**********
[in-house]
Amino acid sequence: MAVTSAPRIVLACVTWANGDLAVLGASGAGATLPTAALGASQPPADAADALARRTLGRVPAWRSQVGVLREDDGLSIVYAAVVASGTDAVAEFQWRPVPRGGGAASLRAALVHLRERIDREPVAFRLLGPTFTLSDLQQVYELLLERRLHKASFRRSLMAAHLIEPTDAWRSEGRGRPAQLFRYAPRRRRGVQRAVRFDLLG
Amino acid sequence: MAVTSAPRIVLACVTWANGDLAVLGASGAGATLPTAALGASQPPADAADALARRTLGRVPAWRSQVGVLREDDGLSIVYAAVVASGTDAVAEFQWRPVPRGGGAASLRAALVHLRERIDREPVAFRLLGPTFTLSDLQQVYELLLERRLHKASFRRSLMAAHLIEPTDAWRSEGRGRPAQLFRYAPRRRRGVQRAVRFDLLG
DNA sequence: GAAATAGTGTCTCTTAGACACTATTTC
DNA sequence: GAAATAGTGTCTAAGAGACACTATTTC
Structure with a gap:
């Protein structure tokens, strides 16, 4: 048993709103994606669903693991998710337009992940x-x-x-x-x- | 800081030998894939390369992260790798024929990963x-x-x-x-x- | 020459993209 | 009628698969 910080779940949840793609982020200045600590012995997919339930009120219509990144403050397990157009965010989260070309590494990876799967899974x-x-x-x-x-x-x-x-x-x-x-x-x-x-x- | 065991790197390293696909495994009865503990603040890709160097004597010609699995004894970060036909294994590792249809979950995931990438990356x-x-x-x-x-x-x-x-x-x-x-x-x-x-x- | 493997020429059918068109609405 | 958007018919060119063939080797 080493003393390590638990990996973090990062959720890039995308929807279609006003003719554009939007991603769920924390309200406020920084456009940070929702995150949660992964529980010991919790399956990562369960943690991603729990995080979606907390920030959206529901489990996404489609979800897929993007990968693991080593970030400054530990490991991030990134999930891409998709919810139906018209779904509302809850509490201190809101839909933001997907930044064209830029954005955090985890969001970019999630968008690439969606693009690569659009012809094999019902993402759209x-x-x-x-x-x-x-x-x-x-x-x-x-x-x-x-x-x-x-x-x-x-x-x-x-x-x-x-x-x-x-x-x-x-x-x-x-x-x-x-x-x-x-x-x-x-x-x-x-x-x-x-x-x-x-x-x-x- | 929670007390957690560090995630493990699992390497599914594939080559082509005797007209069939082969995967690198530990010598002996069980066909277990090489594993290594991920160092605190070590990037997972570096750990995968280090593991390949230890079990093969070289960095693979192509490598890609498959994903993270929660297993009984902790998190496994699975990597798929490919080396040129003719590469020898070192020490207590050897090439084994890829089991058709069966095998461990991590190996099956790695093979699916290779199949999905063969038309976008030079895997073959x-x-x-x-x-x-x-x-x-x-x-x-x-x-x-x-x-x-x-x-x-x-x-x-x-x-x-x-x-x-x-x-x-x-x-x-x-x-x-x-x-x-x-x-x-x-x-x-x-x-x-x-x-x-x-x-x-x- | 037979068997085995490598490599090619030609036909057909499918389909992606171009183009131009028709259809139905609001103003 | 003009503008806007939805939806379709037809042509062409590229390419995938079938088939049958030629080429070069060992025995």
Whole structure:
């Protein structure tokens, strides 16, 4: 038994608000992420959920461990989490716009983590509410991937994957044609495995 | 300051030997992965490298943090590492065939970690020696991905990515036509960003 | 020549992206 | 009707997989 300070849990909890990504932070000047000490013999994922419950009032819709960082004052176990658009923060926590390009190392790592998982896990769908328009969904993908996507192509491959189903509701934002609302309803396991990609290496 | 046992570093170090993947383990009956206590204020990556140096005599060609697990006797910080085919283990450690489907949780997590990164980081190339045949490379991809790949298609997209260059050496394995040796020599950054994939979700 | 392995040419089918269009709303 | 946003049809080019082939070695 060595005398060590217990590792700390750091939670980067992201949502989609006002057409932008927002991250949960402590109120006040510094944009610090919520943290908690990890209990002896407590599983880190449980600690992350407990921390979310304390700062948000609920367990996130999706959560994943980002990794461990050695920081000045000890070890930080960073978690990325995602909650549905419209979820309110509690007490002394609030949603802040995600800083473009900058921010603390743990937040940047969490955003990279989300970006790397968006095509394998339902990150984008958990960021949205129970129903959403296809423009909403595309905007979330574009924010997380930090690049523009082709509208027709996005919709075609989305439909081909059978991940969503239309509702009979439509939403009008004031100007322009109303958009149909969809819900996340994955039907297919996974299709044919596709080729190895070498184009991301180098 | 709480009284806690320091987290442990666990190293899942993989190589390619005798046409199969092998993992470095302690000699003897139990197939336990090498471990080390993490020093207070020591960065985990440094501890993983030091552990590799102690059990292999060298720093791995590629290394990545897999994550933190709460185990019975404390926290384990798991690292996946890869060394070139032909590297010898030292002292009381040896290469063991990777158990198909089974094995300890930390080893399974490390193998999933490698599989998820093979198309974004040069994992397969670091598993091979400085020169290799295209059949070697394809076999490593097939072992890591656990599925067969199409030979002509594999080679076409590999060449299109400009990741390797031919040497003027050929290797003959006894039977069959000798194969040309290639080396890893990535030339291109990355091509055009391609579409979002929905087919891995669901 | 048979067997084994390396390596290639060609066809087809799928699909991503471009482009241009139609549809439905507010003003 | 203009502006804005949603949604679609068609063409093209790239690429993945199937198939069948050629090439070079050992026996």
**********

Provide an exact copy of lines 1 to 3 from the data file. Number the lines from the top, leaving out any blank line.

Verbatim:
[in-house]
Amino acid sequence: MAVTSAPRIVLACVTWANGDLAVLGASGAGATLPTAALGASQPPADAADALARRTLGRVPAWRSQVGVLREDDGLSIVYAAVVASGTDAVAEFQWRPVPRGGGAASLRAALVHLRERIDREPVAFRLLGPTFTLSDLQQVYELLLERRLHKASFRRSLMAAHLIEPTDAWRSEGRGRPAQLFRYAPRRRRGVQRAVRFDLLG
Amino acid sequence: MAVTSAPRIVLACVTWANGDLAVLGASGAGATLPTAALGASQPPADAADALARRTLGRVPAWRSQVGVLREDDGLSIVYAAVVASGTDAVAEFQWRPVPRGGGAASLRAALVHLRERIDREPVAFRLLGPTFTLSDLQQVYELLLERRLHKASFRRSLMAAHLIEPTDAWRSEGRGRPAQLFRYAPRRRRGVQRAVRFDLLG